Tuesday, August 11, 2009

A Poker Hand

What? Huh? Is this a post about poker? Well... yah.

From the heady days of two weekends ago, when I was in the city by the Atlantic.

On the last night there, I finally sat down to some live cash. I'm far too accommodating to my friends, which usually results in a TON of craps being played, and not so much poker. I keep meaning to change that, and then don't.

I digress.

I'd been at the table (1/2 NL) for a couple hours when a new guy sat down at the opposite end of the table from me. Typical 20-something skinny white boy who thinks a bit too highly of his game. He also happened to have a pretty smokin' girlfriend sitting at his elbow, providing plenty of... distraction.

He was all kinds of weak-tight. By the time he had sat down, there were at least 2 or 3 sizeable stacks to his right, and the table had become fairly cordial. He would limp or raise, and then fold after the flop to any pressure. Even the minnows like me could smell the blood in the water.

Anyway, a standard pre-flop round goes down, with some bets and calls and whatnot. I folded my crap, so from here on was merely an observer.

Flop comes KK6. Check, check, check.

Turn comes 9. Check, bet, call (new guy), call.

River comes J. Check, bet $100 (overbet the pot), call (weak guy, and he's shaking while doing it), all-in by the big stack for somewhere in the neighbourhood of $700-800, all-in call (another $500+), and the new guy looks like he got hit by a truck.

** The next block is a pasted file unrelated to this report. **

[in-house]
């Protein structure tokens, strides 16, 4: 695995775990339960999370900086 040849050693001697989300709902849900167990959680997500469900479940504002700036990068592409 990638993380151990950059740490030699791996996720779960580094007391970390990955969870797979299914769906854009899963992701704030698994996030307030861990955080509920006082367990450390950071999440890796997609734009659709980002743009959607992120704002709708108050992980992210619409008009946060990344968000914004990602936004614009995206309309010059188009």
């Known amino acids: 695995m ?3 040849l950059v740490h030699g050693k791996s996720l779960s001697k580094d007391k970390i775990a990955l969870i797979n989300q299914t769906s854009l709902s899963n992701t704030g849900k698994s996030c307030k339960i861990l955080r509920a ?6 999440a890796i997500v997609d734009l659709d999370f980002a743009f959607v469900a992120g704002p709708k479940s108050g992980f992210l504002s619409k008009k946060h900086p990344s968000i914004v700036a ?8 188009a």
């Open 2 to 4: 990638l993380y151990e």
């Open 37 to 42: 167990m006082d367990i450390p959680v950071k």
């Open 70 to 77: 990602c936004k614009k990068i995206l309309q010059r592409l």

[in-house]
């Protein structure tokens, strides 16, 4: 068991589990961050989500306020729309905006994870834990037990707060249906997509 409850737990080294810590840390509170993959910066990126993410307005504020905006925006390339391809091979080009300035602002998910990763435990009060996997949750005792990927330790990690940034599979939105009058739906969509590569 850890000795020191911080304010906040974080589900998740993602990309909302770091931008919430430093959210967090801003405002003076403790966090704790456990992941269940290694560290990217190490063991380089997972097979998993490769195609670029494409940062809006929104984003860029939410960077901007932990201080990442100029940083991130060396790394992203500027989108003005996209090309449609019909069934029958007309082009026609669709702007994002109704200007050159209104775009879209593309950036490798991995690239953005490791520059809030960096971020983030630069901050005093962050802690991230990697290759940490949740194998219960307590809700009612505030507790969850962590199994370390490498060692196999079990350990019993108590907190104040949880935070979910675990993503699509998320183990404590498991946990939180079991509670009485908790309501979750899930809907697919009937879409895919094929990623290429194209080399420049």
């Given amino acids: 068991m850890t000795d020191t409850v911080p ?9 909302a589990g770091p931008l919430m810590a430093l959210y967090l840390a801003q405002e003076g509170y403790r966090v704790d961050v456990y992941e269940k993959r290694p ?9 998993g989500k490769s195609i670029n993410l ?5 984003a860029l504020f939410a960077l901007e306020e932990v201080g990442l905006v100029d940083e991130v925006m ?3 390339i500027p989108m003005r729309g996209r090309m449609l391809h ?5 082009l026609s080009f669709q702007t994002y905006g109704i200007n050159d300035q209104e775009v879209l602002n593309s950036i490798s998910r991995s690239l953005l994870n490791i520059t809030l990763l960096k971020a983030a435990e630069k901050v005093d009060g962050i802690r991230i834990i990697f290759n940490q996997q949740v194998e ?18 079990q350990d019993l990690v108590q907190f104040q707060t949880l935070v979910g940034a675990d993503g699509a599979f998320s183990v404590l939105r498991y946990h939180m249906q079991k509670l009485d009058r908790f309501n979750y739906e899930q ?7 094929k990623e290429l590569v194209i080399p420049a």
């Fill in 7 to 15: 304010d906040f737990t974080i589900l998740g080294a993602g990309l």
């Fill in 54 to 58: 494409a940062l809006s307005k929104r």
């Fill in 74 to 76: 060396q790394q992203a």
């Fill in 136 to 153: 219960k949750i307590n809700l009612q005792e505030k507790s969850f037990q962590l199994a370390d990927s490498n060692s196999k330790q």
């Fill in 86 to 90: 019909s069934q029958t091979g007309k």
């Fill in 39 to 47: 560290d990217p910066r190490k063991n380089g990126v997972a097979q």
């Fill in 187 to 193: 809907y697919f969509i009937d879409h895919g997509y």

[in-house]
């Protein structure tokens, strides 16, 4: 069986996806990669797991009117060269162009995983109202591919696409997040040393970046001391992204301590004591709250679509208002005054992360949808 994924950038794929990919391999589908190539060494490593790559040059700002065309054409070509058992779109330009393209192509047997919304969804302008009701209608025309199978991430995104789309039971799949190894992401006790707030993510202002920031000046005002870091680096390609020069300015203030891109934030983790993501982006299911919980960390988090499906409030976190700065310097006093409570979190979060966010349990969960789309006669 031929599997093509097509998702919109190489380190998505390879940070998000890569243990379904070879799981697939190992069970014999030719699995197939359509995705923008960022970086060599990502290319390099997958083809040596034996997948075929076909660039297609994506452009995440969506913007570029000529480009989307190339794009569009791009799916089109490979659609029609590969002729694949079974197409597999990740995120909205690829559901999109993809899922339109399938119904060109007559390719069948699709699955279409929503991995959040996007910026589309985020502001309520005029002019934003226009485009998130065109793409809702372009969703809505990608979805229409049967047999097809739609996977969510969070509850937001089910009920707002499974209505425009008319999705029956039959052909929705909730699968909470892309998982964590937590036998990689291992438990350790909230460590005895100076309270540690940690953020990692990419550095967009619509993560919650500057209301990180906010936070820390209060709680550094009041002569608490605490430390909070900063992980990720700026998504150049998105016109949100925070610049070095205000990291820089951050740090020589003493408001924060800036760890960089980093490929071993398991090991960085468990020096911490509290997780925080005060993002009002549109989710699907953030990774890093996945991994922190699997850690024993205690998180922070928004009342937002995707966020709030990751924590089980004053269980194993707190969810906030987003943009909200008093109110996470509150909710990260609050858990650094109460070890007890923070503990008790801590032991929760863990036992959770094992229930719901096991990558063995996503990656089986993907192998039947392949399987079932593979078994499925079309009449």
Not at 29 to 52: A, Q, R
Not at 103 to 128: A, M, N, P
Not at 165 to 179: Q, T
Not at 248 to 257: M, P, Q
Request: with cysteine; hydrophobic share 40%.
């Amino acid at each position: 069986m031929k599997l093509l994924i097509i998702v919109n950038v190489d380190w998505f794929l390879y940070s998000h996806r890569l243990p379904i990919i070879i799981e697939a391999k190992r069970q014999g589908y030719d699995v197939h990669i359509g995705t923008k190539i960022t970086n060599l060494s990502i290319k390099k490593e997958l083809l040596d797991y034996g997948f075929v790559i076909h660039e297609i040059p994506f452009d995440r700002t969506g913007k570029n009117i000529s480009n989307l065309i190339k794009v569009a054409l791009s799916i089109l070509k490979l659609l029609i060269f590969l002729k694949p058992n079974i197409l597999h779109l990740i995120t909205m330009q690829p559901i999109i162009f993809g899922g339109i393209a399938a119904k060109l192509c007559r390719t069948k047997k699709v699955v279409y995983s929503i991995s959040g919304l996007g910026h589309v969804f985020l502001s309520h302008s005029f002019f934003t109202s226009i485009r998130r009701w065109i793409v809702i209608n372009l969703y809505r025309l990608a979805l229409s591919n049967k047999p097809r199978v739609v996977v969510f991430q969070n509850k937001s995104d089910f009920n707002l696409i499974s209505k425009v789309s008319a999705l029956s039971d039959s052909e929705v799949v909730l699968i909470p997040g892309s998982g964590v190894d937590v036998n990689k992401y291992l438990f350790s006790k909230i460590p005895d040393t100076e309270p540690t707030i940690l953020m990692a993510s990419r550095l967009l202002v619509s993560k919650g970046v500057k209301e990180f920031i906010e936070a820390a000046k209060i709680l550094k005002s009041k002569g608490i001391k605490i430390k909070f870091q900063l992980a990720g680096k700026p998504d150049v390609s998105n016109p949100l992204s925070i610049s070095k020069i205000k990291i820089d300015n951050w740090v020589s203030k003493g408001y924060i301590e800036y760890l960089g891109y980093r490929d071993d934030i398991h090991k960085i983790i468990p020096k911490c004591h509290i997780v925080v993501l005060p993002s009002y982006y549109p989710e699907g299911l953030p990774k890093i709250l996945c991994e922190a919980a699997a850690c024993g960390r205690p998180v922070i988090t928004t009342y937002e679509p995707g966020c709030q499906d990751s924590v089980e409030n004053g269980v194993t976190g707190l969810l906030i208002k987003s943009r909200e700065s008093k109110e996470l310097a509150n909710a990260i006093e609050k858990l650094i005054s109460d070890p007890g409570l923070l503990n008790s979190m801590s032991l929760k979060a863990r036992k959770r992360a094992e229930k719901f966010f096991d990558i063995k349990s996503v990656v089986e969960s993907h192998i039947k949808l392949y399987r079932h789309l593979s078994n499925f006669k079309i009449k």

He's got maybe $100 behind here, and there's around $1500 in the pot. Granted, he's only got access to maybe $600 of it, but even that's the biggest pot of the night. He's shitting his pants.

He keeps debating. Those of us not in the hand start mumbling. It's obvious there's at least a boat-over-boat out there, if not quads over a boat. I figure KJ vs JJ between the two big stacks and maybe a smaller boat with the new guy, but something like a naked K isn't out of the question at this table either.

The old guy to my left leans over to me and says "how can you think with that much in the pot? Just put it in!" I nod, but have Jordan's mantra in my head of "If you're beat, fold." With all his thinking, he HAS to have a small boat, so the only question is if it's better than the at least one other boat that's out there.

He hems, he haws, and shakes his head. He says, "I flopped the nuts." We all know this isn't true, because he's insta-calling with quads.